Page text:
Nobody could cry foul that this prospect vs. gatekeeper match was found on a pay-per-view card, as Alonso, listed at 32-years-of age, gave a courageous account of himself, though the Sonoran found himself outgunned by the 21-year-old Ciudad Juarez native. Alonso took a heap of punishment, including a handful of grimace-inducing body blows, before the referee halted the one-sided scrap in the fifth round.
One could make the argument that viewers who have committed the time and money to hand over $30 to their cable company could expect a stiffer test than Alonso for Roman, who at least proved to be active, and entertaining. (He entered the ring to the Mickey Mouse Club theme as he strode to the squared circle, and a person in a Mickey Mouse outfit hammed it up enroute).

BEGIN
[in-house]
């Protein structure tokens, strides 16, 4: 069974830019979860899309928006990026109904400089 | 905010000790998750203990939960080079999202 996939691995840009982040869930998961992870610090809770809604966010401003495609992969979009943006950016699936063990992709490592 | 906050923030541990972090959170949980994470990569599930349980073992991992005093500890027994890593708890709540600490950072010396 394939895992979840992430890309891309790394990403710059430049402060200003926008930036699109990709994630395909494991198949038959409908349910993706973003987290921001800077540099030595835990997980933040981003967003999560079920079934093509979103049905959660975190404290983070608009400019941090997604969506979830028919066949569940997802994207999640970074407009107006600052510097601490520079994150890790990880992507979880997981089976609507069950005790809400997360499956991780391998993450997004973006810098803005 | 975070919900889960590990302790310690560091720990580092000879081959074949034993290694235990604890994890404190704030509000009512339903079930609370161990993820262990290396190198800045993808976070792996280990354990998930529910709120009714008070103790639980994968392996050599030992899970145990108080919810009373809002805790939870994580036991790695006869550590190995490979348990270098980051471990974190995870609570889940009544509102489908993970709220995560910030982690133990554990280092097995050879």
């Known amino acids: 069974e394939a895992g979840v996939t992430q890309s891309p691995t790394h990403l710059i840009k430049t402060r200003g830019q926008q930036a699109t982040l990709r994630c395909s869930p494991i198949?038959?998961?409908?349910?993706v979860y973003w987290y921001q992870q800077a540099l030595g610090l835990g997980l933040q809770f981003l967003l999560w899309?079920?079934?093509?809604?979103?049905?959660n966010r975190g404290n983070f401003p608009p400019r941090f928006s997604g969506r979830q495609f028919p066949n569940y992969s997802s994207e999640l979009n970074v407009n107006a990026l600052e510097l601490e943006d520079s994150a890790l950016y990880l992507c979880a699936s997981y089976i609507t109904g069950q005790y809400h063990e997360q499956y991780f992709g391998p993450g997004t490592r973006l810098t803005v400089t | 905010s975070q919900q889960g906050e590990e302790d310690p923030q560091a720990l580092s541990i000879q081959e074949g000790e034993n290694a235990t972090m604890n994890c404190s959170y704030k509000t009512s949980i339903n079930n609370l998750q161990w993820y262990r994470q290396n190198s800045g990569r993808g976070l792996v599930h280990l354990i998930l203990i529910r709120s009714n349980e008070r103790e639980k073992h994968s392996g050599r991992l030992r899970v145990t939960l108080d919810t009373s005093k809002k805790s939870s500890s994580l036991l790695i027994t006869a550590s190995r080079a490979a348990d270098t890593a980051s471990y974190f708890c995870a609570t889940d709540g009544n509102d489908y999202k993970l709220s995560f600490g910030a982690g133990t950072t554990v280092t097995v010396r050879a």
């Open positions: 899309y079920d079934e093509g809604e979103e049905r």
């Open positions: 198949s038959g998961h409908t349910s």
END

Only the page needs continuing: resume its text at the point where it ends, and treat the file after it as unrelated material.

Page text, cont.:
And while in forgiving mode, let me state that another bout on the card, a heavyweight tussle between 18-1 Adam “The Swamp Donkey” Richards and 8-10-1 Billy Willis was reasonably entertaining. Both men looked like they wanted to win, obviously had a respectable amount of training and technique under their belt. Richard finally turned over an explosive left hook that dropped his foe, now 2-9-1 in his last 12 outings, to the floor with awesome speed.
Now, back into less forgiving mode…
Maybe my standards are skewed. Maybe I expect too much. Maybe I'm naïve to the economic realities involved in pulling off a PPV show. But the “co-feature,” which pitted 26-0 Texan David Rodriguez against Rick Dyer, didn't belong within spitting distance of TV, let alone being foisted upon paying customers as a semi-featured attraction.
Rodriguez, age 29, is a reasonably talented, if hugely protected prospect, who has gobbled up the usual suspects of no-hopers like a platter of Nathan's at the Coney Island dog-eating contest. Rodriguez has rolled over down-on-their-luck vets like Jeff Pegues, Stacy Goodson and Marcus Rhode.